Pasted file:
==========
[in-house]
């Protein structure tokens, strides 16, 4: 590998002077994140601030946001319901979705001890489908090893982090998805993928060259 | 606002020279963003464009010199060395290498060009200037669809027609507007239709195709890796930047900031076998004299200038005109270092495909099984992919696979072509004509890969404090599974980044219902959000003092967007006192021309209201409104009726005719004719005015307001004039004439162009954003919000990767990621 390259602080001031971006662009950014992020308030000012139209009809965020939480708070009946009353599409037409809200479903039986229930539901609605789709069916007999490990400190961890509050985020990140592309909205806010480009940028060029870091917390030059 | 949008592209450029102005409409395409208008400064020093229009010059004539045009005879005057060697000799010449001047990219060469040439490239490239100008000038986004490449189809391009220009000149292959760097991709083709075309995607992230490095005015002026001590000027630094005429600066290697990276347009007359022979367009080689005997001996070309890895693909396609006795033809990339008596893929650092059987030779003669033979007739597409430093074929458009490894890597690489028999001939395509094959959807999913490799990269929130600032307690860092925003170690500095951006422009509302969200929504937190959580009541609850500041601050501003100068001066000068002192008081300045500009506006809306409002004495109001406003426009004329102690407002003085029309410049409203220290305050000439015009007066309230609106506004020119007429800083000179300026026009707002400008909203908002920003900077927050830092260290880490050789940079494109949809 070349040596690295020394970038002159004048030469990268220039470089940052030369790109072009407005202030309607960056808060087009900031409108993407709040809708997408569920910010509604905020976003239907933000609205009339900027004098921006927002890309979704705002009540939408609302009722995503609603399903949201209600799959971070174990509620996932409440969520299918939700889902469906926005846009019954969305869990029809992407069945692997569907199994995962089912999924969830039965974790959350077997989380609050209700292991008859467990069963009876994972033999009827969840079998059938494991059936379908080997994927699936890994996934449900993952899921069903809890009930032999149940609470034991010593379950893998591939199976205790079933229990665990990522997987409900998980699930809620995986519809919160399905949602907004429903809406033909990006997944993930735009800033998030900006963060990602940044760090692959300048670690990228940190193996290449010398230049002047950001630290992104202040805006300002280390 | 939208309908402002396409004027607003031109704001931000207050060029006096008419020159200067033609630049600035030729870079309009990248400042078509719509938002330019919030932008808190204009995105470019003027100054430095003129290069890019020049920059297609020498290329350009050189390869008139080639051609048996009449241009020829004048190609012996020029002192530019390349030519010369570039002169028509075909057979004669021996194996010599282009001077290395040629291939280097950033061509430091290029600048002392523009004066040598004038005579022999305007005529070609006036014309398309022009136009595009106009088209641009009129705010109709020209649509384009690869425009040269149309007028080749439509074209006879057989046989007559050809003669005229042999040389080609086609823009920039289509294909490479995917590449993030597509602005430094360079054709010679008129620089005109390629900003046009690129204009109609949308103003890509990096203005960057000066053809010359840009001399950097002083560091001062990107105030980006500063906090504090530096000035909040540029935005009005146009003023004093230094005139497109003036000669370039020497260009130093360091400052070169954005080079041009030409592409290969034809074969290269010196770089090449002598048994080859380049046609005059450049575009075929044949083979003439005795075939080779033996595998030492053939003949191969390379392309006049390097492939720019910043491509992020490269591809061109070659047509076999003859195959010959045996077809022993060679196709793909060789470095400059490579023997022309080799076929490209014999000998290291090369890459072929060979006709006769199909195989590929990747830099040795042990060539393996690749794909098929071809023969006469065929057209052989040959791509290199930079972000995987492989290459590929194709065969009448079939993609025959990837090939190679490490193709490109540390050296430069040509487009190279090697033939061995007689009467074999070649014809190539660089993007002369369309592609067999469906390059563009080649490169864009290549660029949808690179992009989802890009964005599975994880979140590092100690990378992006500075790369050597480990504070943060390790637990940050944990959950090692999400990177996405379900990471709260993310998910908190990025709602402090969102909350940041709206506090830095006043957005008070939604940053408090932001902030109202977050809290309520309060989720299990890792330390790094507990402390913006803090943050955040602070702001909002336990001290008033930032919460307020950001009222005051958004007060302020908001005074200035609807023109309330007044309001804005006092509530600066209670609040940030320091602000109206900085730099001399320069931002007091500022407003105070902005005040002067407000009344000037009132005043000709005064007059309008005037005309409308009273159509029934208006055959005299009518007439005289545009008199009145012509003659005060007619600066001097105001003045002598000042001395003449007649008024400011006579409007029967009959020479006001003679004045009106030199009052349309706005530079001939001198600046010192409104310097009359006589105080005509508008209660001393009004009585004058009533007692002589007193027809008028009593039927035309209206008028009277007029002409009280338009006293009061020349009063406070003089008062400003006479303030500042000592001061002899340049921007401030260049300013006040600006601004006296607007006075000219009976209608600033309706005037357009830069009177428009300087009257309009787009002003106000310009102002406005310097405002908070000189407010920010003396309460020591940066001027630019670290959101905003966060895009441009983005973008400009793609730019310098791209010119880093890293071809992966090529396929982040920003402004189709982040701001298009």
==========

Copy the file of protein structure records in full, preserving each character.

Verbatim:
[in-house]
């Protein structure tokens, strides 16, 4: 590998002077994140601030946001319901979705001890489908090893982090998805993928060259 | 606002020279963003464009010199060395290498060009200037669809027609507007239709195709890796930047900031076998004299200038005109270092495909099984992919696979072509004509890969404090599974980044219902959000003092967007006192021309209201409104009726005719004719005015307001004039004439162009954003919000990767990621 390259602080001031971006662009950014992020308030000012139209009809965020939480708070009946009353599409037409809200479903039986229930539901609605789709069916007999490990400190961890509050985020990140592309909205806010480009940028060029870091917390030059 | 949008592209450029102005409409395409208008400064020093229009010059004539045009005879005057060697000799010449001047990219060469040439490239490239100008000038986004490449189809391009220009000149292959760097991709083709075309995607992230490095005015002026001590000027630094005429600066290697990276347009007359022979367009080689005997001996070309890895693909396609006795033809990339008596893929650092059987030779003669033979007739597409430093074929458009490894890597690489028999001939395509094959959807999913490799990269929130600032307690860092925003170690500095951006422009509302969200929504937190959580009541609850500041601050501003100068001066000068002192008081300045500009506006809306409002004495109001406003426009004329102690407002003085029309410049409203220290305050000439015009007066309230609106506004020119007429800083000179300026026009707002400008909203908002920003900077927050830092260290880490050789940079494109949809 070349040596690295020394970038002159004048030469990268220039470089940052030369790109072009407005202030309607960056808060087009900031409108993407709040809708997408569920910010509604905020976003239907933000609205009339900027004098921006927002890309979704705002009540939408609302009722995503609603399903949201209600799959971070174990509620996932409440969520299918939700889902469906926005846009019954969305869990029809992407069945692997569907199994995962089912999924969830039965974790959350077997989380609050209700292991008859467990069963009876994972033999009827969840079998059938494991059936379908080997994927699936890994996934449900993952899921069903809890009930032999149940609470034991010593379950893998591939199976205790079933229990665990990522997987409900998980699930809620995986519809919160399905949602907004429903809406033909990006997944993930735009800033998030900006963060990602940044760090692959300048670690990228940190193996290449010398230049002047950001630290992104202040805006300002280390 | 939208309908402002396409004027607003031109704001931000207050060029006096008419020159200067033609630049600035030729870079309009990248400042078509719509938002330019919030932008808190204009995105470019003027100054430095003129290069890019020049920059297609020498290329350009050189390869008139080639051609048996009449241009020829004048190609012996020029002192530019390349030519010369570039002169028509075909057979004669021996194996010599282009001077290395040629291939280097950033061509430091290029600048002392523009004066040598004038005579022999305007005529070609006036014309398309022009136009595009106009088209641009009129705010109709020209649509384009690869425009040269149309007028080749439509074209006879057989046989007559050809003669005229042999040389080609086609823009920039289509294909490479995917590449993030597509602005430094360079054709010679008129620089005109390629900003046009690129204009109609949308103003890509990096203005960057000066053809010359840009001399950097002083560091001062990107105030980006500063906090504090530096000035909040540029935005009005146009003023004093230094005139497109003036000669370039020497260009130093360091400052070169954005080079041009030409592409290969034809074969290269010196770089090449002598048994080859380049046609005059450049575009075929044949083979003439005795075939080779033996595998030492053939003949191969390379392309006049390097492939720019910043491509992020490269591809061109070659047509076999003859195959010959045996077809022993060679196709793909060789470095400059490579023997022309080799076929490209014999000998290291090369890459072929060979006709006769199909195989590929990747830099040795042990060539393996690749794909098929071809023969006469065929057209052989040959791509290199930079972000995987492989290459590929194709065969009448079939993609025959990837090939190679490490193709490109540390050296430069040509487009190279090697033939061995007689009467074999070649014809190539660089993007002369369309592609067999469906390059563009080649490169864009290549660029949808690179992009989802890009964005599975994880979140590092100690990378992006500075790369050597480990504070943060390790637990940050944990959950090692999400990177996405379900990471709260993310998910908190990025709602402090969102909350940041709206506090830095006043957005008070939604940053408090932001902030109202977050809290309520309060989720299990890792330390790094507990402390913006803090943050955040602070702001909002336990001290008033930032919460307020950001009222005051958004007060302020908001005074200035609807023109309330007044309001804005006092509530600066209670609040940030320091602000109206900085730099001399320069931002007091500022407003105070902005005040002067407000009344000037009132005043000709005064007059309008005037005309409308009273159509029934208006055959005299009518007439005289545009008199009145012509003659005060007619600066001097105001003045002598000042001395003449007649008024400011006579409007029967009959020479006001003679004045009106030199009052349309706005530079001939001198600046010192409104310097009359006589105080005509508008209660001393009004009585004058009533007692002589007193027809008028009593039927035309209206008028009277007029002409009280338009006293009061020349009063406070003089008062400003006479303030500042000592001061002899340049921007401030260049300013006040600006601004006296607007006075000219009976209608600033309706005037357009830069009177428009300087009257309009787009002003106000310009102002406005310097405002908070000189407010920010003396309460020591940066001027630019670290959101905003966060895009441009983005973008400009793609730019310098791209010119880093890293071809992966090529396929982040920003402004189709982040701001298009």